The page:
How To Do Bible Study Without Chapters and Verses

We’ve been making the case over the last few months for rediscovering the power of Bible reading. In many ways, simple and straightforward reading has been the forgotten practice in the modern era of the Bible. We contend that reading whole books remains the first and most natural thing to do with the Bible.

But what about all the other things we do with the Bible? What about Bible study? Should we still be taking closer looks at smaller parts of the Bible? And does this “read first” approach have any implications for how we preach and teach the Bible? We’ll start this new mini-series of articles by taking a closer look at what it means to study the Bible.

Reimagining Bible Study

Our approach to modern Bible study grew out of the form the Bible was given in modernity and the understanding it encouraged of what the Bible is. Often this has meant pursuing topical studies based on looking up a string of Bible references and then trying to add them together to find their meaning. The very real danger is that this approach doesn’t allow for due diligence to be done on the meaning of all these Bible verses in their full and natural literary context within the Bible’s various books.

Further, even when our Bible studies stay focused on a single book, the numbered verses still imply that each individual statement can stand alone as a self-sufficient unit of meaning. At the popular level, “study” in this case often means a closer look at a verse along with the question of how it applies to my life today. Even in the more serious approach of a preacher or professor, “study” can too easily devolve into the dissection of a verse to the microscopic level of isolated words and finer grammatical points.

Of course, such detailed study has its place. But too often the core point has been forgotten that the meaning of words is found in sentences, and that of sentences in larger units like prose paragraphs or poetic stanzas. These in turn are joined together to create bigger sections which build the messages of whole books.

The place to begin with the meaning of the Bible is at the top, with the overall messages of its biggest building blocks: books.

So read first, study second.

Our definition of “Bible study” should be: consider the parts of a biblical book closely and carefully to understand their place within the book as a whole.

By adopting this definition of study we commit to first reading the largest appropriate level — the letter, the song (psalm), the gospel, the collected prophecies, or the book. Then, within that context, we can now profitably focus in on smaller units to see how they contribute to the bigger overall meaning. We keep working down this way to the smallest units we want to or are qualified to examine (aleph, anyone?) But following this course will prevent us from taking little pieces of the Bible out of context.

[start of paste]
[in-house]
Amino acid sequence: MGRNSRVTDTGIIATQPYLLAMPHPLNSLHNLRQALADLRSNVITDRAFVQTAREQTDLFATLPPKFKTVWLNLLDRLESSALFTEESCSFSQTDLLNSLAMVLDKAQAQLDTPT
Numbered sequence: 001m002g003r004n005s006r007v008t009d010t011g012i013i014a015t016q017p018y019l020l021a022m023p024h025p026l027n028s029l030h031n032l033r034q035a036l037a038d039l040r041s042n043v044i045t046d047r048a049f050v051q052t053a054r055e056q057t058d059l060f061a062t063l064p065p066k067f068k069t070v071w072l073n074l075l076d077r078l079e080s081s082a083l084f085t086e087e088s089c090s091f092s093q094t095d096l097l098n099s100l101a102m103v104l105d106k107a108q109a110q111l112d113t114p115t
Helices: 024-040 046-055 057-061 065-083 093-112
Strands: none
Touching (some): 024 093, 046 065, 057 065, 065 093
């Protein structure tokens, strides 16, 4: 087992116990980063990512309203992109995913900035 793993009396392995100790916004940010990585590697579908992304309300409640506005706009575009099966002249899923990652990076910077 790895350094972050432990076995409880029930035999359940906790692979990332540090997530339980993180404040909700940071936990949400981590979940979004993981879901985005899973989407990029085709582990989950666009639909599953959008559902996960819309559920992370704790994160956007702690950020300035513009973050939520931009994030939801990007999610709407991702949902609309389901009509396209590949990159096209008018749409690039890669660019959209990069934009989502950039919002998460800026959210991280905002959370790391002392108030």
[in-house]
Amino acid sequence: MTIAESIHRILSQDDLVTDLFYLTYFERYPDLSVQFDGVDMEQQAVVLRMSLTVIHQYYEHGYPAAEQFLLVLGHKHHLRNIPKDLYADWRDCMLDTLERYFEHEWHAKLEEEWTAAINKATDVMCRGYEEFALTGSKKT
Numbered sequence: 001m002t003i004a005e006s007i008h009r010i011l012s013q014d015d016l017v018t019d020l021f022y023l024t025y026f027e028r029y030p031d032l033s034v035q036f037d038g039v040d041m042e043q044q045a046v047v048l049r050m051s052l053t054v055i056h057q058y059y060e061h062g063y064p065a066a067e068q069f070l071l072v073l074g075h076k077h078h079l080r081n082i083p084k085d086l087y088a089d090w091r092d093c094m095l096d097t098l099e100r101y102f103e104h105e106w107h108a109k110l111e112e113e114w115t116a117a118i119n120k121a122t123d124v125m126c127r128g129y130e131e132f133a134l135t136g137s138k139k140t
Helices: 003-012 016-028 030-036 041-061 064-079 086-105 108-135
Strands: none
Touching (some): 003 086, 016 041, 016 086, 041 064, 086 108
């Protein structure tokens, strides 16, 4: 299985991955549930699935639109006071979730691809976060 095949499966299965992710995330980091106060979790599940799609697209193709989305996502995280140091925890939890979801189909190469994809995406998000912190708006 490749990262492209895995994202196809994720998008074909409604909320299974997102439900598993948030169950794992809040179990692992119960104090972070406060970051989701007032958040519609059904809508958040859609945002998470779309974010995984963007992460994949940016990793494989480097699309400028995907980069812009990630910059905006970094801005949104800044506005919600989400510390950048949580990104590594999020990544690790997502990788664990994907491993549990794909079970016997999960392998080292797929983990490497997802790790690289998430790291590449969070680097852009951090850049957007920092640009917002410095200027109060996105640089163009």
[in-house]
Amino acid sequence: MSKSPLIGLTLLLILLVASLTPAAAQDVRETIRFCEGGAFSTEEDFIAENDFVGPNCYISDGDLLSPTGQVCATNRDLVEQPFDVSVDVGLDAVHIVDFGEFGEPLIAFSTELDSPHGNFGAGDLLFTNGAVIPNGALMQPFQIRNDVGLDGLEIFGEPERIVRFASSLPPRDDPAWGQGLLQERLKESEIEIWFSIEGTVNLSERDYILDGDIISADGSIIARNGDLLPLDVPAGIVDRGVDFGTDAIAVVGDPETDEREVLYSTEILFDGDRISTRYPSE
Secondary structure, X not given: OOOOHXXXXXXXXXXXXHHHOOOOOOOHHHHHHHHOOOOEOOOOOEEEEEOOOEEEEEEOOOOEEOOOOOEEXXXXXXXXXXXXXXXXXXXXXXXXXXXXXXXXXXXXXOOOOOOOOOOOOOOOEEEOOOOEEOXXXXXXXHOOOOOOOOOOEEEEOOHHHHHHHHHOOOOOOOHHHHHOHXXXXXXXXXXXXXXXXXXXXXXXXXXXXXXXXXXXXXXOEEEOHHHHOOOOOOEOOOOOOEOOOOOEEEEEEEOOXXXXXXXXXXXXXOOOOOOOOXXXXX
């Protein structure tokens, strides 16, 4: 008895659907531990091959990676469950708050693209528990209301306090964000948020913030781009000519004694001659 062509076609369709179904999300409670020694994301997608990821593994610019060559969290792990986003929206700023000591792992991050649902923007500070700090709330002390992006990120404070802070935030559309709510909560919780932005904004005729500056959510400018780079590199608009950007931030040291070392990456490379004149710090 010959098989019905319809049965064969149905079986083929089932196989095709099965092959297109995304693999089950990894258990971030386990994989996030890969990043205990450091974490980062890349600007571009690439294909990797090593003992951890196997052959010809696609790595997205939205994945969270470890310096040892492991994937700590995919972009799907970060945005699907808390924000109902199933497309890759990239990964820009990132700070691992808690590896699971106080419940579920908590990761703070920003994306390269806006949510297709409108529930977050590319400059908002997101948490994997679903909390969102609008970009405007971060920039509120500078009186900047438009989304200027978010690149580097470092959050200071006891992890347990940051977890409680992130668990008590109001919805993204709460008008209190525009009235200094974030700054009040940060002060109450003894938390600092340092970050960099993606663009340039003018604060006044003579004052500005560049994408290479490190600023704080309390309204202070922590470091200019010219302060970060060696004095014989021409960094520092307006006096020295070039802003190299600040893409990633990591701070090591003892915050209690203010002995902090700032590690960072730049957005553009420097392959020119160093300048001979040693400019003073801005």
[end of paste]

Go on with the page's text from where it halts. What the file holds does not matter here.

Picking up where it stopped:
Consider the analogy of how we typically engage a film. Is there a difference between watching a film and studying it? Yes, of course. We all begin by simply watching a complete film to take in its overall impression on us. Then, we (or some of us) will slow down and examine smaller parts of the film in a second or third viewing to consider the individual elements (transitions, lighting, dialogue, symbols, etc.) that contribute to the larger experience of meaning.

But nobody starts by dissecting the film before watching it. Same with the Bible. We should begin by taking in the overall story, song, gospel, or letter. What is it doing as a whole book? What’s the big message? How does it work? Only then are we in a good position to take a closer look at the individual parts that make up that whole.

Nobody starts by dissecting a film before watching it. Same with the Bible.Click To Tweet

This is why a fresh format of the Bible like Immerse: The Reading Bible is also a terrific study Bible. The best reader’s Bibles not only take out the modern reference numbers, they also display the natural literary forms of the Bible’s books. Our Bible study should be based on these literary units placed there by the Bible’s first authors and editors. These are the original units of meaning, the actual building blocks of the books. Studying the Bible means understanding how these natural units are doing their work in the whole book.

Also, beware an overreliance on “study helps.” Of course, none of us knows everything about the background, history, and culture of the Bible, not to mention all the fine points of the Bible’s original languages, Hebrew and Greek. So yes, getting help from the experts can greatly contribute to our understanding.

But consider this: consulting the “helps” too quickly can shut down our own reading and prayerful reflection on the text. Study notes and commentaries can be show-stoppers, ending conversation and further exploration. Reading them can tempt us to quit because we’ve just been told the right answer. When our communities gather around the Bible it’s crucial to give our own reading and dialogue ample time to marinate and mature.

So read first and read big. Feast on the sacred writings. Engage the Bible with others-reading, talking, and exploring together.

And by all means study! But study well, in context, in light of the whole, following the Bible’s own indications of its literary structure. Learn how the Bible’s books build their messages from these natural units. Examine closely how the meaning grows.

This is Bible study in the new paradigm.

Pray. Read. Study.

*Adapted from After Chapters & Verses: Engaging the Bible in the Coming Generations by Christopher R. Smith, InterVarsity Press, 2012. Rev. Dr. Smith is a Fellow at the Institute for Bible Reading. Our thanks to him for his genesis of these proposals for rethinking our use of the Bible today.